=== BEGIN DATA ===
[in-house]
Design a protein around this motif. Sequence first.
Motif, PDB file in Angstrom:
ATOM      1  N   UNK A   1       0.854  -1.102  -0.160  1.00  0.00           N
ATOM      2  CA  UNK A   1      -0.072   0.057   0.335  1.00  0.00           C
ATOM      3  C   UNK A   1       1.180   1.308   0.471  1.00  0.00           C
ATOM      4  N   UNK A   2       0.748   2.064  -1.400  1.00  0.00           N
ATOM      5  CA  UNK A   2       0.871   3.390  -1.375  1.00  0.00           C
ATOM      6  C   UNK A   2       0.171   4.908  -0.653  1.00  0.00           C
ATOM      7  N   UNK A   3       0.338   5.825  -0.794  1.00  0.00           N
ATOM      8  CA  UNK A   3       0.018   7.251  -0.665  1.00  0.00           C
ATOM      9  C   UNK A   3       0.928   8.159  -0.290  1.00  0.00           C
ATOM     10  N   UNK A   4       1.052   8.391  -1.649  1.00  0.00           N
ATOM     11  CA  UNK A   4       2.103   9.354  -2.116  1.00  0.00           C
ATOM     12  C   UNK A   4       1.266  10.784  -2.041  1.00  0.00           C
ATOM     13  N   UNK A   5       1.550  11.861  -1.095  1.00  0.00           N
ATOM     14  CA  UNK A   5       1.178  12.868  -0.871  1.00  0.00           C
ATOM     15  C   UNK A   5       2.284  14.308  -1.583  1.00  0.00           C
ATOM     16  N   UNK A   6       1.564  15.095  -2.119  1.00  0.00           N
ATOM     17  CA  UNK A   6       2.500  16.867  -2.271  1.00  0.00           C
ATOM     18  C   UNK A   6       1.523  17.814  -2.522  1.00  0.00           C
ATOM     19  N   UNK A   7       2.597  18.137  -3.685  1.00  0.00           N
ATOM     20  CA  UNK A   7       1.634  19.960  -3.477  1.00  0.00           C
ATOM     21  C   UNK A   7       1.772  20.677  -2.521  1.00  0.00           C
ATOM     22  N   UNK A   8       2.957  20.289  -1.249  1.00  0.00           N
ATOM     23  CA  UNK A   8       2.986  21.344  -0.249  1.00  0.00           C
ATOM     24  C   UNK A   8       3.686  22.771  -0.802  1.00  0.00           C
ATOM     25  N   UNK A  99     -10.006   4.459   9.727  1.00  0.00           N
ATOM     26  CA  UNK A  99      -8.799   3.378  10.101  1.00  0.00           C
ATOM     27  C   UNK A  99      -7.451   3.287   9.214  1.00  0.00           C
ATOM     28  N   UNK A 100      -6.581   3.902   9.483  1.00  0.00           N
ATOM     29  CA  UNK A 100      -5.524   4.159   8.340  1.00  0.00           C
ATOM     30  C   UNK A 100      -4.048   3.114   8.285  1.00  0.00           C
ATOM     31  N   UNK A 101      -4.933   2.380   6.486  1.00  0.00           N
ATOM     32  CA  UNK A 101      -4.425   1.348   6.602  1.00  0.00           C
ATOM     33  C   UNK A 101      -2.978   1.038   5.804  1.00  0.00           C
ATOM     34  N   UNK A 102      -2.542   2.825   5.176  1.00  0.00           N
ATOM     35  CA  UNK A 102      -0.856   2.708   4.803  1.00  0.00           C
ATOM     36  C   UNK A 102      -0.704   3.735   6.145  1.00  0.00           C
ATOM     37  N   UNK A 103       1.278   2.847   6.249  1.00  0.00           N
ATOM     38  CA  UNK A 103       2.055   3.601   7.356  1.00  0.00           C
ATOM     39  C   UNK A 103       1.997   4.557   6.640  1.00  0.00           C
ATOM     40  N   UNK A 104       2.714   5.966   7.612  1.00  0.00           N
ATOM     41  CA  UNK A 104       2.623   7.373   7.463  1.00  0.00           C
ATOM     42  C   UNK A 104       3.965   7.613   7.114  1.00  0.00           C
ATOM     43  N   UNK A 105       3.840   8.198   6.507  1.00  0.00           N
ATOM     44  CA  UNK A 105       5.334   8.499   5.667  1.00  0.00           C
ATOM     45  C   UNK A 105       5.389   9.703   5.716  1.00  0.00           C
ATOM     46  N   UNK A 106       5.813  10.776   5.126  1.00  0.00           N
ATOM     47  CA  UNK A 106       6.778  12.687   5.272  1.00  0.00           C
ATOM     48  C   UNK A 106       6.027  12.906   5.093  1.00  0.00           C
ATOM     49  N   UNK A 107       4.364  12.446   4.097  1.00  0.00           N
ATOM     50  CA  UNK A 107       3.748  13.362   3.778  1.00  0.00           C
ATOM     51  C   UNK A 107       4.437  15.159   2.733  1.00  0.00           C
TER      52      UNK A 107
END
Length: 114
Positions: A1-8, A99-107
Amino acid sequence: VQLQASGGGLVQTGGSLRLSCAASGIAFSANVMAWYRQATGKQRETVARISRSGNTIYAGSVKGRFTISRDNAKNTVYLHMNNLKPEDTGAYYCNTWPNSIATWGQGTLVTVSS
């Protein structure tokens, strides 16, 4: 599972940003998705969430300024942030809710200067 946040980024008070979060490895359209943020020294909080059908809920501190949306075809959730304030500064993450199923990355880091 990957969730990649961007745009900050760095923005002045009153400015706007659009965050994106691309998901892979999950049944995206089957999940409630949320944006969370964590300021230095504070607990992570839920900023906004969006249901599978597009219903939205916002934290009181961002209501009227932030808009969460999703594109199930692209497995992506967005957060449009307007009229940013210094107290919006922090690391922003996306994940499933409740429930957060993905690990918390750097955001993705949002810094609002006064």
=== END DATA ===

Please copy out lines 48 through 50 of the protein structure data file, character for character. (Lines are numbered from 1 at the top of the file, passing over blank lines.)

ATOM     45  C   UNK A 105       5.389   9.703   5.716  1.00  0.00           C
ATOM     46  N   UNK A 106       5.813  10.776   5.126  1.00  0.00           N
ATOM     47  CA  UNK A 106       6.778  12.687   5.272  1.00  0.00           C